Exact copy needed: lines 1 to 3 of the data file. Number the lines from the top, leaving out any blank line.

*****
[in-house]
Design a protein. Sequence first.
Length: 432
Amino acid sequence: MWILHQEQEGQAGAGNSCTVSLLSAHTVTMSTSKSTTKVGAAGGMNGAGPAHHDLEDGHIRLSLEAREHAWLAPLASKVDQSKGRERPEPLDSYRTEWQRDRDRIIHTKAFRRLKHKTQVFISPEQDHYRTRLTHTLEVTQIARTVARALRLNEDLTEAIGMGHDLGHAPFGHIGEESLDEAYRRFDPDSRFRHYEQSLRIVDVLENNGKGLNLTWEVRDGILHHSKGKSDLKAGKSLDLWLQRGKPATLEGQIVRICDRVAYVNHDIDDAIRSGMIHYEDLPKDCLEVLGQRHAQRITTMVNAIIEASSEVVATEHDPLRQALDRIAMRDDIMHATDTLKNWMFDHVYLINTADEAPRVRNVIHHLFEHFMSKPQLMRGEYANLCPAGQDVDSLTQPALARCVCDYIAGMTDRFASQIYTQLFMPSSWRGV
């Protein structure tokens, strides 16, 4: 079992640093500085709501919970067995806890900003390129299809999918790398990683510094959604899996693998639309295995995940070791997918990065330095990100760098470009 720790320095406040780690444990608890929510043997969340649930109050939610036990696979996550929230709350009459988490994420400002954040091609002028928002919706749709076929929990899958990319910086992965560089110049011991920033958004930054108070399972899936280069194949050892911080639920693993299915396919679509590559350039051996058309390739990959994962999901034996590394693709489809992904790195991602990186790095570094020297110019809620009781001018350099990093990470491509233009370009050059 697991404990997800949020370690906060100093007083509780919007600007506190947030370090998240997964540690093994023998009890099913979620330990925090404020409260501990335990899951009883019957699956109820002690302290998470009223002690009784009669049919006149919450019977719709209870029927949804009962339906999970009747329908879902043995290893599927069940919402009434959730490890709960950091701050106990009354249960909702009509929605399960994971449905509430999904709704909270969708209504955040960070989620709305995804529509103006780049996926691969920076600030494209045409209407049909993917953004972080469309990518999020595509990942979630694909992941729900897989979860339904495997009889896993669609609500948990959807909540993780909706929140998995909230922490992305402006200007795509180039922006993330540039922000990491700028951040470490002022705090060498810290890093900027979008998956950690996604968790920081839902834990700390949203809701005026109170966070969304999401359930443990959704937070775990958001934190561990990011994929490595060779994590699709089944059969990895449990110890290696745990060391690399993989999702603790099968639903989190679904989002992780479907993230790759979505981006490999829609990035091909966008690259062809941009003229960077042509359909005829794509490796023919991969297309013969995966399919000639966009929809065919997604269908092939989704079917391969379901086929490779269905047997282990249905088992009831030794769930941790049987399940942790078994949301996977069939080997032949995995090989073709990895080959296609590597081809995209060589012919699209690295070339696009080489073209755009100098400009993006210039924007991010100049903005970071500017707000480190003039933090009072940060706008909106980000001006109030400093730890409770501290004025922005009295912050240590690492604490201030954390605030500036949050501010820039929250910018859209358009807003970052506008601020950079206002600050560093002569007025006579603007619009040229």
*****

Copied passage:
[in-house]
Design a protein. Sequence first.
Length: 432